#lessons Learned from #DianaWynneJones: Mentors deserve #character arcs as much as #Heroes.

A common writing topic among my adult learners is an argument for better mentor programs among urban and rural youth. The majority of my students have lived many chapters before school: military service, lost jobs, parenthood, health problems, jail time. And in those chapters they had one adult who was there for them while their own loved ones wouldn’t, or couldn’t, support them. Time and again, their stories testify to the power one good grown heart can have in an uncertain life.

Such is the power of a Mentor, an amazing presence one can have in real life, as well as in fiction.

51473OvY5zL._SX325_BO1,204,203,200_.jpgSometimes it’s not a bad idea to refuse a Call until you’ve had time to prepare for the “zone unknown” that lies ahead. In mythology and folklore that preparation might be done with the help of the wise, protective figure of the Mentor, whose many services to the hero include protecting, guiding, teaching, training, and providing magical gifts….Meeting with the Mentor is the stage of the Hero’s Journey in which the hero gains the supplies, knowledge, and confidence needed to overcome fear and commence the adventure.  -Christopher Vogler, The Writer’s Journey

One element irks me about this Mentor business, though: these characters often don’t get much time to grow. Adults so often come pre-set in Young Adult and Middle Grade: they represent all that’s wrong with the story’s universe, or they’re created soley for cannon fodder to inflict emotional damage on the young hero. Of course those that mentor will provide and guide as Vogler mentions, but when it comes time to act, the Mentor either cannot help, or will not. Even Dumbledore, one of THE Mentors in the fantasy genre spanning Middle Grade and Young Adult, admits in Order of the Phoenix to purposefully withholding information from Harry so he could be a kid for a little longer. Well, that withholding led to Harry dragging his friends into an ambush and Sirius Black getting killed off. So I guess Dumbledore does grow, but it takes, you know, FIVE BOOKS for that to happen.

Why not give the Mentor a chance to grow throughout the plot, right there alongside the Hero?

Diana Wynne Jones’ Enchanted Glass shows not only the power of the Mentor/Hero relationship, but the strength of a story that allows both characters to develop.

Now being a Middle Grade fantasy, the book’s blurb will of course talk about the child character, Aidan:

Aidan Cain has had the worst week of his life. Creepy, sinister beings want him dead. What’s a boy to do?

When you open to the first page of the story, however, you don’t hear about Aidan at all:

When Jocelyn Brandon died–at a great old age, as magicians tend to do–he left his house and his field-of-care to his grandson, Andrew Brandon Hope. Andrew himself was in his thirties.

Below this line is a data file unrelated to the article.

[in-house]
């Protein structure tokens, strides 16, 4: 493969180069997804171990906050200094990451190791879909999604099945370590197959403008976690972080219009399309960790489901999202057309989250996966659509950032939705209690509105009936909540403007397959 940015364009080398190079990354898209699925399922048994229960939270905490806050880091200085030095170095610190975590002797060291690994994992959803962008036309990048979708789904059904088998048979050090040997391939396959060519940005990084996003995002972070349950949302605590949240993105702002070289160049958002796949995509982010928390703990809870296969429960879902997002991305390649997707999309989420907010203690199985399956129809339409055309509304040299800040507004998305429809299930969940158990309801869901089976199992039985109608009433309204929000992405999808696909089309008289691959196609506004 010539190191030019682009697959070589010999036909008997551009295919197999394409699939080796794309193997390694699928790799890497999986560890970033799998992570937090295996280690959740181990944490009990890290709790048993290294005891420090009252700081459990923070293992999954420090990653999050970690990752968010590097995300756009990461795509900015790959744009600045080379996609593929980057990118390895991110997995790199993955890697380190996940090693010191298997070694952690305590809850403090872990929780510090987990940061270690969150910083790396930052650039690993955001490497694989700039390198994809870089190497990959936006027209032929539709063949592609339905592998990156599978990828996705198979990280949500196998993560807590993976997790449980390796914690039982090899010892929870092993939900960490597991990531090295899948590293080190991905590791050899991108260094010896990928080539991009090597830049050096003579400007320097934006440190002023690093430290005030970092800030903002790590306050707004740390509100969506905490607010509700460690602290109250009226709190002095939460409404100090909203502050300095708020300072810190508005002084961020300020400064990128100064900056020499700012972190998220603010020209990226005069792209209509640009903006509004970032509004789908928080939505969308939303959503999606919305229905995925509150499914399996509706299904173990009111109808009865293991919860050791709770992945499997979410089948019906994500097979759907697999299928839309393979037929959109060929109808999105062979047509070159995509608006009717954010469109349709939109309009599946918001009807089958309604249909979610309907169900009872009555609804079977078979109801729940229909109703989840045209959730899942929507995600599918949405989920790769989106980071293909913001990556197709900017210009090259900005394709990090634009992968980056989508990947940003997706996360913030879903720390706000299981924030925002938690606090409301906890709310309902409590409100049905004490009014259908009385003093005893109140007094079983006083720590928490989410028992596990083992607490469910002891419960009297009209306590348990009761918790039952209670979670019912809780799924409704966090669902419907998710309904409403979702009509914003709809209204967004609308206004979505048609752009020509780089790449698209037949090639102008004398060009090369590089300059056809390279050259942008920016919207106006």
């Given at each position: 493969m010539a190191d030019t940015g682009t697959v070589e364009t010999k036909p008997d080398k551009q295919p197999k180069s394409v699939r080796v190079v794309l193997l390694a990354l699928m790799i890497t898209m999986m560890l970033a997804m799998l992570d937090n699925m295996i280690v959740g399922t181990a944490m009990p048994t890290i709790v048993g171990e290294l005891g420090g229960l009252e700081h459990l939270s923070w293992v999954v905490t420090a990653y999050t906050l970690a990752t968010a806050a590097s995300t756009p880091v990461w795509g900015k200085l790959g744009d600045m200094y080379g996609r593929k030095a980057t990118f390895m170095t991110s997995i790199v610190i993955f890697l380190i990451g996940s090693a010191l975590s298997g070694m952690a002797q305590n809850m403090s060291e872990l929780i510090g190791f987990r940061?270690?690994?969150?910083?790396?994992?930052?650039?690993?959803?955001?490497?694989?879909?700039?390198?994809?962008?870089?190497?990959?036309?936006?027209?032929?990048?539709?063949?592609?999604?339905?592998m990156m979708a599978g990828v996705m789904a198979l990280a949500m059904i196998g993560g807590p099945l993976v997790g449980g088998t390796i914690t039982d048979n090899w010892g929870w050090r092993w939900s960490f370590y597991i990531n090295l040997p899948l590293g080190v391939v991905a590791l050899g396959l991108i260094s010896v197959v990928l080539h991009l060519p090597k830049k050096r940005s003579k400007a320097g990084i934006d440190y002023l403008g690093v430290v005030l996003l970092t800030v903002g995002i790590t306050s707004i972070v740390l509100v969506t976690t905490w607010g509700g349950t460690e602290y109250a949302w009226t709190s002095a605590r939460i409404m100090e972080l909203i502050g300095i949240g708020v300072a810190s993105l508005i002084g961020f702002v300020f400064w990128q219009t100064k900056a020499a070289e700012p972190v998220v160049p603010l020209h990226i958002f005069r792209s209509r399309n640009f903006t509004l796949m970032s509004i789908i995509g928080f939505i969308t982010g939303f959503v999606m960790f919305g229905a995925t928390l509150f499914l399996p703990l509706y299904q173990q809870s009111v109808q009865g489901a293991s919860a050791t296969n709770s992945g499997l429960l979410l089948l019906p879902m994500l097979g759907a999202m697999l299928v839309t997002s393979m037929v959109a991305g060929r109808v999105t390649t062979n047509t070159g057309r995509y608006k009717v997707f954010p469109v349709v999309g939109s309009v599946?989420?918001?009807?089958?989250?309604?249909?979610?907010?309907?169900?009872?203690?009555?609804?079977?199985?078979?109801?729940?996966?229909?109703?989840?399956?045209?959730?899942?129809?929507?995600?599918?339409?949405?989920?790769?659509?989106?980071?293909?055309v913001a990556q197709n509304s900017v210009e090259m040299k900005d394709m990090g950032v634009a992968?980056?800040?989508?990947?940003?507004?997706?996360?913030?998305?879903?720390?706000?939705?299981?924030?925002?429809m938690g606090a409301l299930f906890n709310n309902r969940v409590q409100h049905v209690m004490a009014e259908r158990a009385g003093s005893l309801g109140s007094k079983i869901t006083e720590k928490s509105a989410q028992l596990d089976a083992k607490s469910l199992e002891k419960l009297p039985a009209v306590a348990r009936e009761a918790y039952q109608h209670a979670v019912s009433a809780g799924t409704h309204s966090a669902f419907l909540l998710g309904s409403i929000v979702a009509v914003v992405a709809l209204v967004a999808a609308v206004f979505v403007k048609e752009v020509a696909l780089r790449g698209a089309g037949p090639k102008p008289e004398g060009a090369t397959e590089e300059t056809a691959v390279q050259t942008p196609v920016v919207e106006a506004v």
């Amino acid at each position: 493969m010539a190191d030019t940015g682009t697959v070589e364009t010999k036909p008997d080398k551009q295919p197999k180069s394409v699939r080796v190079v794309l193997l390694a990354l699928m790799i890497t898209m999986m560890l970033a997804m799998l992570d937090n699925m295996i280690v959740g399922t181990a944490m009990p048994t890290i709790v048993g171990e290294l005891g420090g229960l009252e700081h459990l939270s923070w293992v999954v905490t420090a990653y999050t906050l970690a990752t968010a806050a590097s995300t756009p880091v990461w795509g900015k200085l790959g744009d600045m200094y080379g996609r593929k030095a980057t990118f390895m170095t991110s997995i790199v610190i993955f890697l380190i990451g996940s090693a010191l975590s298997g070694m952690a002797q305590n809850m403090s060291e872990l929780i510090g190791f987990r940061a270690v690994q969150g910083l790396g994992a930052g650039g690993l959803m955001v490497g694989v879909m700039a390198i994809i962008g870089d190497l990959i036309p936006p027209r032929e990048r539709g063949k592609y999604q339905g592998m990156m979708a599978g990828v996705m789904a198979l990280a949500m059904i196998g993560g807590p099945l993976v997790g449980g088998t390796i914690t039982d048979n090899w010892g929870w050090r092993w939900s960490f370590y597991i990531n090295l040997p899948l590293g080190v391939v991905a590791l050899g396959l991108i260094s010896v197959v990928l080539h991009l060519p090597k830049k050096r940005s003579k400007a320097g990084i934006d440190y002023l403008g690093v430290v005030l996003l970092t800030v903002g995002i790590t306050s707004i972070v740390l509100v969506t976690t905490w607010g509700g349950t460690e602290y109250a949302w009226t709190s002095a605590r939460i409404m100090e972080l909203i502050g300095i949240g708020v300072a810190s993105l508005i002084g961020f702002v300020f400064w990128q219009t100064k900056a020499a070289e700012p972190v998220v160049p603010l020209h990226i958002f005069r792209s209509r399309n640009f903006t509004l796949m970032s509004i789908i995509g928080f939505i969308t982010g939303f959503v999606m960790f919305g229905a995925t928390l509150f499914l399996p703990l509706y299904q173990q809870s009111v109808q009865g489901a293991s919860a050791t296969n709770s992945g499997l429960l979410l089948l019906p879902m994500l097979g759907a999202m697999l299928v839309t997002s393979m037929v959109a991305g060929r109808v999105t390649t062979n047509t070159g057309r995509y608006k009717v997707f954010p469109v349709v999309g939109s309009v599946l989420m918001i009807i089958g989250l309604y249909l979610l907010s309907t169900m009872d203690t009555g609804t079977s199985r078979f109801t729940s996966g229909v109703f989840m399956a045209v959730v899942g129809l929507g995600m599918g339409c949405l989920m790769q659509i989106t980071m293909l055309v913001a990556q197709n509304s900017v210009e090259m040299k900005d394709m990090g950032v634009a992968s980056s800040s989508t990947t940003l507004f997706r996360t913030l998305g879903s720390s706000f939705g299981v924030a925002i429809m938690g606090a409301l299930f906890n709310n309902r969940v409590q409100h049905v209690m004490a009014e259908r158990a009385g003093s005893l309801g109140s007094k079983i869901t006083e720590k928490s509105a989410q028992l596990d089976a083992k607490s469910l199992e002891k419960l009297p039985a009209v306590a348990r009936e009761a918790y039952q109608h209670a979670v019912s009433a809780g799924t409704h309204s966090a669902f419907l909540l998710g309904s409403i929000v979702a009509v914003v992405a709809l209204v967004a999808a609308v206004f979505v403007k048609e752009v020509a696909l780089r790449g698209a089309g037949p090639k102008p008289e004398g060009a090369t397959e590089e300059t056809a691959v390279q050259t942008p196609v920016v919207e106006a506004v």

Say what? Why are we meeting this guy first?

51BWYaYblWL._SX334_BO1,204,203,200_Jones spins the Hero’s Journey round and round and upside down and settles it just the way she wants. In a way, Andrew and Aidan are both heroes, even though Andrew ticks a lot of the boxes for Mentor: he takes Aidan into his home, helps him cope with the loss of his family, protects him from the sinister, teaches him about magic and the curious lives hiding about the town, such as the giant who comes to the shed to eat overgrown vegetables every night.

At the same time, Andrew has to grow, too. When we meet him, he is very quiet and mild. This softie-sort of demeanor makes the grandfather’s staff think they can boss Andrew around.

“And I do hope you’ll continue to work for me just as you did for my grandfather,” he said.

To which she retorted, “I don’t know what you’d do if I didn’t. You live in a world of your own, being a professor.”

“I’m not a professor,” he pointed out mildly.

Mrs. Stock took no notice of this.

They couldn’t be clearer of their opinions of Andrew than in their actions. Heck, Mrs. Stock won’t even let Andrew move the furniture around. Every time he redoes the living room, she spends the whole day moving it back, pissed to blazes at him for taking the piano out of its “hallowed corner” and the chairs and lamps away from their “traditional places.” She punishes him with terrible casseroles, but Andrew just ignores them.

Ignoring isn’t the same as growing, though. We start to see his spine stiffen as he deals with the gardener Mr. Stock (no relation). Mr. Stock is obsessed with growing the best veg for the summer fête, and he uses Andrew’s garden to do it while ignoring the lawn, flowers, trees, etc. If Andrew dares ask Mr. Stock to see about the flowers or lawn, Mr. Stock takes to dumping veg rejects in the kitchen, kicking the stained glass door as he goes, rattling glass panes everyone knows to be exceedingly old…and, as it happens, magical.

The magic in the glass is just one of the many things Andrew does not remember. He needs his own Mentor (found in another gardener, no less) to help him sift through the past for all the vital magic lessons from his grandfather, plus learn about the odd bits and pieces about the field-of-care, like the curious counter-parts, and the strange Mr. Brown who’s taken over a chunk of Andrew’s land.